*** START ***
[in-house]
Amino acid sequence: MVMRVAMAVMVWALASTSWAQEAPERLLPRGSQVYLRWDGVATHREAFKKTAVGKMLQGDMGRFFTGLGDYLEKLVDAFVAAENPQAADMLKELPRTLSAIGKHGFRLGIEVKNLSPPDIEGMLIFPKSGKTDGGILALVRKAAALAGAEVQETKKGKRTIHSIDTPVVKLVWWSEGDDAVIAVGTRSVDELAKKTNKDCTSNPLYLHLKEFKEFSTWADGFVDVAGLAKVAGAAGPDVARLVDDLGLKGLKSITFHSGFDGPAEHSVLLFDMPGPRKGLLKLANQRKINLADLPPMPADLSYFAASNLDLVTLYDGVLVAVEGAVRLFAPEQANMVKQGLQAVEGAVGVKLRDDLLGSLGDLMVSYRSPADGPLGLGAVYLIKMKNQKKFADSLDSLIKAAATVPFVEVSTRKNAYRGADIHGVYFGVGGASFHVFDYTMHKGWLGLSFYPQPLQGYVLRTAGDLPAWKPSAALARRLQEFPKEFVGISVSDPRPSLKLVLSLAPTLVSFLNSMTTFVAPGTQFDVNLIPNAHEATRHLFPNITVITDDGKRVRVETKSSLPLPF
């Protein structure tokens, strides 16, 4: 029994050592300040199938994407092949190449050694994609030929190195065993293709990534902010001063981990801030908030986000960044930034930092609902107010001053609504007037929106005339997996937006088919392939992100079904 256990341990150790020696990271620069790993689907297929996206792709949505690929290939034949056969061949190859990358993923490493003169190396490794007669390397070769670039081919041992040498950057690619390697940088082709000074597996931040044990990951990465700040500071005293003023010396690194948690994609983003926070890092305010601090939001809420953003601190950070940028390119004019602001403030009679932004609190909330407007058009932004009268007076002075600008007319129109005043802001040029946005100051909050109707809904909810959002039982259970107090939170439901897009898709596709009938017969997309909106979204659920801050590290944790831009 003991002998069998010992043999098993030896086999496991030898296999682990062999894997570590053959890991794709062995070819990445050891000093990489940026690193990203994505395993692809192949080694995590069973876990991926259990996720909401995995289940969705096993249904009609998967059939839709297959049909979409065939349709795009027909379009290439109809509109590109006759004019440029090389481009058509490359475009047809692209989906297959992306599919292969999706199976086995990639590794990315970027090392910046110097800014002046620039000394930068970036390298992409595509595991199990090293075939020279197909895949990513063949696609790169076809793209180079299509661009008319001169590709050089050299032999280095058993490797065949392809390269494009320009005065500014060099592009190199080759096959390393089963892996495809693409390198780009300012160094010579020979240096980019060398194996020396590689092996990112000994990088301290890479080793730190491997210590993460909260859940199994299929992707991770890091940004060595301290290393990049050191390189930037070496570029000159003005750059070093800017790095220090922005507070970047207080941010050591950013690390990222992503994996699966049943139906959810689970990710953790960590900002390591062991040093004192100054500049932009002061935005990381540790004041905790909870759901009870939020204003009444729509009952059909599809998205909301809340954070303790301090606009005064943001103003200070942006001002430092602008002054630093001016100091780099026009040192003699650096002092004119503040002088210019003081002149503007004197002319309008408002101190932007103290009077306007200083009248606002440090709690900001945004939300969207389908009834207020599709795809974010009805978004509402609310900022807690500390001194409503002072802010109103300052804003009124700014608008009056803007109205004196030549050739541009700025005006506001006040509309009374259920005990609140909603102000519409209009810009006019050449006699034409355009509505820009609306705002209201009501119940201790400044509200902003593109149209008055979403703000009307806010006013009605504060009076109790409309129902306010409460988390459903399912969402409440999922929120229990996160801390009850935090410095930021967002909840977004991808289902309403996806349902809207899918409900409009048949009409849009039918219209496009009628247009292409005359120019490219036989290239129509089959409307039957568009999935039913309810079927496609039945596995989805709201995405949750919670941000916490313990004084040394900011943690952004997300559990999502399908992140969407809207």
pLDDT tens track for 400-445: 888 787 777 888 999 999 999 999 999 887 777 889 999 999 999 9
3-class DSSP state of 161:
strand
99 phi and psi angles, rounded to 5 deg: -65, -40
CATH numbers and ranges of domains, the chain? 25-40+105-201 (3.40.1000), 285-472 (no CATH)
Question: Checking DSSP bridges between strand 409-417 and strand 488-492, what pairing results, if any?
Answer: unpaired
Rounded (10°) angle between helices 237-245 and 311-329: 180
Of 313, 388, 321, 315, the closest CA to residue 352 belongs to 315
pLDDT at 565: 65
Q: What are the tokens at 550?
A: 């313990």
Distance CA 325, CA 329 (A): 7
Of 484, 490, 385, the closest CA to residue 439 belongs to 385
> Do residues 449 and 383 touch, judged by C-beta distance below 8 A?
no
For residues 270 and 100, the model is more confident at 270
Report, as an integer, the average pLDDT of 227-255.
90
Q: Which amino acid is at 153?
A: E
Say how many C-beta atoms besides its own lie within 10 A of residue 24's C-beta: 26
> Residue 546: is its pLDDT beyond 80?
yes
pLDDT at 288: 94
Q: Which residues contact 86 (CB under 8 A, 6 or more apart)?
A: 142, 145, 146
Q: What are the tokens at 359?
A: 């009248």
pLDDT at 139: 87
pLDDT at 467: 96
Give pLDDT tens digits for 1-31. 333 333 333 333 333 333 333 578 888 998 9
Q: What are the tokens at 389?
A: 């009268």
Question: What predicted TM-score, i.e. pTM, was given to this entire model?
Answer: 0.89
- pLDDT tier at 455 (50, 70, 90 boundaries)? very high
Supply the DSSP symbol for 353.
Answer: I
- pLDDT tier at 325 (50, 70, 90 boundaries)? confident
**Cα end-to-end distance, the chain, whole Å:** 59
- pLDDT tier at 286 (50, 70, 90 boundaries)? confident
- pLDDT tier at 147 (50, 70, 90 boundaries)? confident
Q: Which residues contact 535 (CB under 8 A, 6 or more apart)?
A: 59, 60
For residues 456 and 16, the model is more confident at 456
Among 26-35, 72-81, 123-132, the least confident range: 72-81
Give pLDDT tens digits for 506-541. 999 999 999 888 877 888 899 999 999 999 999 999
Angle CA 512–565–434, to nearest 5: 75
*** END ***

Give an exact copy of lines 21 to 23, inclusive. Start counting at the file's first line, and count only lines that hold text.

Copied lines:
Report, as an integer, the average pLDDT of 227-255.
90
Q: Which amino acid is at 153?